# Very quick question on notation, M vs. M/L

1. Sep 12, 2017

### rwooduk

2. Sep 12, 2017

### Staff: Mentor

M typically stands for mol/L. In this case M is mole per liter, mM is millimole per liter.

I don't remember ever seeing M used to denote number of moles.

3. Sep 12, 2017

### rwooduk

Thanks Borek. I assumed this was the case but the high concentrations had me confused. i.e. I have been using 0.470g of phenol to make 10^-4 mol/L phenol stock solution = 0.1mMol/L.

From the graph above they are using up to 100 mMol/L.

If I calculate for 60mMol/L then I need 282g of phenol, which seems rather a lot.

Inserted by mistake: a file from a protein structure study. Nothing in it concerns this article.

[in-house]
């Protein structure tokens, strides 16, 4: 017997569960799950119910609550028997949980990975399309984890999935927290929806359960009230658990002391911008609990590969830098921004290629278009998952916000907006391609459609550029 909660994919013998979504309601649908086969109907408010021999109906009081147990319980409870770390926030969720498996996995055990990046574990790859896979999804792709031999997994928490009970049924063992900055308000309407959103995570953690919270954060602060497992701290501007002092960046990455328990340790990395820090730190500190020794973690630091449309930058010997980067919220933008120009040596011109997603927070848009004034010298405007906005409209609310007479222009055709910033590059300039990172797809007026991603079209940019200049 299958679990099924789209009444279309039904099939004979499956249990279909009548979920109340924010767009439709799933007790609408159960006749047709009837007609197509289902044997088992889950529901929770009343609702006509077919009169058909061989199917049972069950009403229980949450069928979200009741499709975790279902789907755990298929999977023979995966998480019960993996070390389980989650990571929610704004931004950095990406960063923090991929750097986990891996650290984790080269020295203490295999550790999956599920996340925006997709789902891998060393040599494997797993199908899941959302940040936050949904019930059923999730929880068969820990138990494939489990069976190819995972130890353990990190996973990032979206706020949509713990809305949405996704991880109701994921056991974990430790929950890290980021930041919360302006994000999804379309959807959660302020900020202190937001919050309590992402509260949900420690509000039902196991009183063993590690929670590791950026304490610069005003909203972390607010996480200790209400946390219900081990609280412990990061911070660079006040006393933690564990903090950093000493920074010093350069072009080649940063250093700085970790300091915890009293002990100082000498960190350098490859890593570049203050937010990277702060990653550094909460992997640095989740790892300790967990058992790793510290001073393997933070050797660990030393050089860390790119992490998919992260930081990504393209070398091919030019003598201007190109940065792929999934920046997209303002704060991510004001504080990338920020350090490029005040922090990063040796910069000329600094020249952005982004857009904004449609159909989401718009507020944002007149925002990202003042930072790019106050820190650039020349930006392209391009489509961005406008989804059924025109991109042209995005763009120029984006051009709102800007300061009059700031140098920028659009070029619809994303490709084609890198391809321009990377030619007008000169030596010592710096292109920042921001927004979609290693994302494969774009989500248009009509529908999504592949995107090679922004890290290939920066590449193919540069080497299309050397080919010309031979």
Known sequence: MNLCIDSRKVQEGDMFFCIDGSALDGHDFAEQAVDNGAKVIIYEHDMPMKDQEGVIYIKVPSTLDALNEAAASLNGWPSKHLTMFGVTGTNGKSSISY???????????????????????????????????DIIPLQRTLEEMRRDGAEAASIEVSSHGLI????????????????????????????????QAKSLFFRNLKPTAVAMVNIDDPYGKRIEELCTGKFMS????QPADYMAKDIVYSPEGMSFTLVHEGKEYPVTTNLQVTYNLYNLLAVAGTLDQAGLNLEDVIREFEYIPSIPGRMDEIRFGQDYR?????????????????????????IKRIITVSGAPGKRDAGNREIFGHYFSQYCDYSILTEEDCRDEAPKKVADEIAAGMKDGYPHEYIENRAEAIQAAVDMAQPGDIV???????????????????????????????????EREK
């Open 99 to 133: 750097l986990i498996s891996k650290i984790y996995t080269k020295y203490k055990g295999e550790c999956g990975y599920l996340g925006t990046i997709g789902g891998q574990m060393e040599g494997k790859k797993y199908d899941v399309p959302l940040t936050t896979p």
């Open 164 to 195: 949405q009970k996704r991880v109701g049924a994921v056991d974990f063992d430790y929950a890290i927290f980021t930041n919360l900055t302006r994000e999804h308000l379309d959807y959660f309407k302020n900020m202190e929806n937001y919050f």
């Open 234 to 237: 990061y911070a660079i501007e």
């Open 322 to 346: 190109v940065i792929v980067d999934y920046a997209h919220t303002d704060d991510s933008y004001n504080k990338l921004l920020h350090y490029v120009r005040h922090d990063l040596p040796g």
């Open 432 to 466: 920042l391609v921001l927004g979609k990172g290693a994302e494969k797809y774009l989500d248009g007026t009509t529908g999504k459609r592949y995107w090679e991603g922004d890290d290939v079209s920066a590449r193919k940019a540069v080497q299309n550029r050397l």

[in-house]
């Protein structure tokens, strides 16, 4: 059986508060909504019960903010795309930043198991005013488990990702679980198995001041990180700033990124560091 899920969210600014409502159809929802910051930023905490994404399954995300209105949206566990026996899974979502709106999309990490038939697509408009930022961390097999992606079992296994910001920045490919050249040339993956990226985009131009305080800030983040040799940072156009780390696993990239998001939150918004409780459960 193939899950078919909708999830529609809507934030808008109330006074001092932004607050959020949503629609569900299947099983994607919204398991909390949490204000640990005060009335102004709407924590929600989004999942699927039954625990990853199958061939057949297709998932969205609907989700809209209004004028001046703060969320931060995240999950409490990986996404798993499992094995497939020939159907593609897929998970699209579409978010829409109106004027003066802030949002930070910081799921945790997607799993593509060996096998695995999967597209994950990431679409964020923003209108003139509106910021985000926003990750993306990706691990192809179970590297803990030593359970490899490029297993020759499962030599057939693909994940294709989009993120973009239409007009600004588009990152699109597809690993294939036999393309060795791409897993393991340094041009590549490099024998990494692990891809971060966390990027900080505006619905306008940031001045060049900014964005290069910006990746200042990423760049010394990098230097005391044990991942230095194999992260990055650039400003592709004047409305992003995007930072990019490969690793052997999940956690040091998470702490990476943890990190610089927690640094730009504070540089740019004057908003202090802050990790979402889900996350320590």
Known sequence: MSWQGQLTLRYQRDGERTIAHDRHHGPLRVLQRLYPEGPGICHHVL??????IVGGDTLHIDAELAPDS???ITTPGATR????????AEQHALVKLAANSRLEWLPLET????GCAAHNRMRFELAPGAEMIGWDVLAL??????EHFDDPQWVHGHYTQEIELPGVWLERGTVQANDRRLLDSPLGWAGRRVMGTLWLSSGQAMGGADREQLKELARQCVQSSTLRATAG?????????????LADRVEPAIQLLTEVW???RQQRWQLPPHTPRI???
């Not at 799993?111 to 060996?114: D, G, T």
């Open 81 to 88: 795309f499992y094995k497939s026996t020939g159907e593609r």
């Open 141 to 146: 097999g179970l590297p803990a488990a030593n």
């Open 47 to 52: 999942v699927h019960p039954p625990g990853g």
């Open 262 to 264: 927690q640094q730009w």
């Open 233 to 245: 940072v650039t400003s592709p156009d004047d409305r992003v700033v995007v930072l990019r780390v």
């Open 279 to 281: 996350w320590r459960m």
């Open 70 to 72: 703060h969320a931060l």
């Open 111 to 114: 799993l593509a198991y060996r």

But anyway, thank you very much for clearing this up!

4. Sep 12, 2017

### Ygggdrasil

The molecular weight of phenol is 94.1 g/mol. For a 60 mM solution:
$60\text{ mM} = \frac{60 \text{ mmol}}{\text{L}} * \frac{1 \text{ mol}}{10^3\text{ mmol}} *\frac{94.1\text{ g}}{\text{mol}} = 5.65 \text{ g/L}$

Are you sure your calculation is correct?

5. Sep 13, 2017

### rwooduk

No I'm not. Thanks very much for that, I'm going to have to revisit my basic chemistry, the more focused I get in my research the more the basics are leaving me, I got a first class degree in physics and can't remember anything !!! Will recalculate everything this morning, thanks again!